Empire Blue Cross Blue Shield, today agreed to adopt a doctor ranking program that takes into account factors other than cost. Empire is the third insurer to agree to new physician ranking guidelines established by state Attorney General Andrew Cuomo. It’s parent WellPoint Inc. said it will apply the new guidelines to its existing ranking programs in other parts of the country.

As part of these agreements, insurers need to hire an oversight monitor, known as a ratings examiner, to evaluate compliance with the system, and who will meet with Mr. Cuomo every six months to review compiled information.

In October, Cigna HealthCare of New York said it would adapt its ranking system to the new guidelines and yesterday, Aetna, the state’s third-largest insurer, said it would also change its rankings to fit within the new regulations.

This is good news and a large step in the right direction for reasonable and meaningful ranking programs in the future.

Update 11/20/2007

NEW YORK, Nov 20 (Reuters) – The New York attorney general said on Tuesday that UnitedHealth Group Inc has become the latest health insurer to adopt his model for a physician ranking program.

Burdensome confidentiality agreements

I came across this snippet the other day:  WellPoint, Inc. unit Blue Cross of California will stop using “burdensome confidentiality agreements” in provider contract negotiations, according to an agreement with the California Department of Managed Health Care (DMHC). The department found that the practice was “illegal because it limits and conditions the selection and use of a provider’s legal counsel in negotiations of new contracts.” The department said it would have ordered California Blue Cross to stop requiring the confidentiality agreement if the plan had not voluntarily complied. DMHC made its decision after learning that the insurer threatened not to contract with providers for two years if they refused to sign its agreement.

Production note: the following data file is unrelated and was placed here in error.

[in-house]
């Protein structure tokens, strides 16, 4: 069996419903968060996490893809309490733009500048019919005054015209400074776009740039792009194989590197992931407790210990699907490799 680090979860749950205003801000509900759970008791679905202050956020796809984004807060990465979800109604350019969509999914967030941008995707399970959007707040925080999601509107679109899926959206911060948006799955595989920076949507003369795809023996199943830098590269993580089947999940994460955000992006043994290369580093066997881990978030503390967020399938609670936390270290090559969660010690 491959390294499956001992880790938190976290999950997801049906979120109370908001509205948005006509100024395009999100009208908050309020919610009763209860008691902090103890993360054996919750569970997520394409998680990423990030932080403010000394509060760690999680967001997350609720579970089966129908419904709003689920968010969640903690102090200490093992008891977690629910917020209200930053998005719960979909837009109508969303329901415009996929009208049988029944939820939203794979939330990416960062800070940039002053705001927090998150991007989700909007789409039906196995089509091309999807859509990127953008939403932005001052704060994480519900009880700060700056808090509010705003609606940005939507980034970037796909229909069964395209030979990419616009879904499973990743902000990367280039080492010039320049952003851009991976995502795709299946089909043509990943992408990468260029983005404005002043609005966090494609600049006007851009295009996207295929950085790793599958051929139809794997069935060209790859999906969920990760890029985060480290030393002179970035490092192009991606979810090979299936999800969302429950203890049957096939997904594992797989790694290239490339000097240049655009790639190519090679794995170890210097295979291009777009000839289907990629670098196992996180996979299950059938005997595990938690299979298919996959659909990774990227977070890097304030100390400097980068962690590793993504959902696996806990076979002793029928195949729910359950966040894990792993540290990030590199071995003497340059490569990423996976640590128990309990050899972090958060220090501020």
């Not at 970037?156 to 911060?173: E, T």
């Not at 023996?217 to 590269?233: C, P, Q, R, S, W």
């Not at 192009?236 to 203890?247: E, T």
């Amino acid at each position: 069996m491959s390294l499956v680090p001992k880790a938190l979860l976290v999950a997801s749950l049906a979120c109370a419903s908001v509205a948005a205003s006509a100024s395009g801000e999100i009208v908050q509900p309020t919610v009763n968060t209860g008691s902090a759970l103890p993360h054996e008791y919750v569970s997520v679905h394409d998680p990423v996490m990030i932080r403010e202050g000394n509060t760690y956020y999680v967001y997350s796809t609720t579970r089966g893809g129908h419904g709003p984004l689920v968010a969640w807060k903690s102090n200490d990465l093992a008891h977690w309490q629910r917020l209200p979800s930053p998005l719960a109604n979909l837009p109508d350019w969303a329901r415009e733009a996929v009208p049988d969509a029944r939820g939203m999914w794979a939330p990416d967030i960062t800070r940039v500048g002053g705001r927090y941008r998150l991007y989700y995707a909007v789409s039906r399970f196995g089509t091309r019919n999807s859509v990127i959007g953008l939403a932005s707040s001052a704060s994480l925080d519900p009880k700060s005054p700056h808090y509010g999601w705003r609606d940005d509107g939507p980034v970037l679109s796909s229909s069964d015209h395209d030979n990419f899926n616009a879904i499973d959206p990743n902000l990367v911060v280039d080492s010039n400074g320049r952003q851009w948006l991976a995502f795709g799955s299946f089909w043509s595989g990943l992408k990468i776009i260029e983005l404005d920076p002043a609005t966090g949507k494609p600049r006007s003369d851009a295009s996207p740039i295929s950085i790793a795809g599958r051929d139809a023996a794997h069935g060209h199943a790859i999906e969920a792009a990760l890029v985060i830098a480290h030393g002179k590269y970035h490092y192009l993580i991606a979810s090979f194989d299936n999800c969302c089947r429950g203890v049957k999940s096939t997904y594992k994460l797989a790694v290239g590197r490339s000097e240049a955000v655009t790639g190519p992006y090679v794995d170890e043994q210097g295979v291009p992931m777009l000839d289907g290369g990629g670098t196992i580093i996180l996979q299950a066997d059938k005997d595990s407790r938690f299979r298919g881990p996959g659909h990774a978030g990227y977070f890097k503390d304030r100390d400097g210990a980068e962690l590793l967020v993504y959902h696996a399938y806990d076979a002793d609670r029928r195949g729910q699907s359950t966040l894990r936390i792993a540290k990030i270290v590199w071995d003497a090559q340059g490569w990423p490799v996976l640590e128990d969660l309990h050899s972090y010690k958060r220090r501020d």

‘Burdensome’? The two-year threat aside, these agreements are so much more than that, and it’s not just WellPoint that is using them. In many instances, the terms of such agreements preclude physicians from even acknowledging that they have a negotiated deal with an insurer. What that means is that many physicians have been kept in the dark not knowing it was even possible to negotiate rates and contract terms. Now that word has been getting out, the insurance companies are engaging in ever-more serious threats and punishments. For more on this type of thing, see Fight Club (UHC and the Land of Make Believe) and You Can Negotiate 


Joining the ranks of bloggists is necessary if for no other reason than to simply record the threads that make up this messy managed care system.

There is fascinating discourse about healthcare going on in many arenas today, but much of it is occuring within individual specialties, or regions, or in specific vertical structures. It is my hope that by bringing together pieces of information from different sectors and forums, we may be able to discern a broader, more horizontal view that helps create innovative ways to think about solutions.

I look forward to a long and interactive dialogue on managing the business of managed care.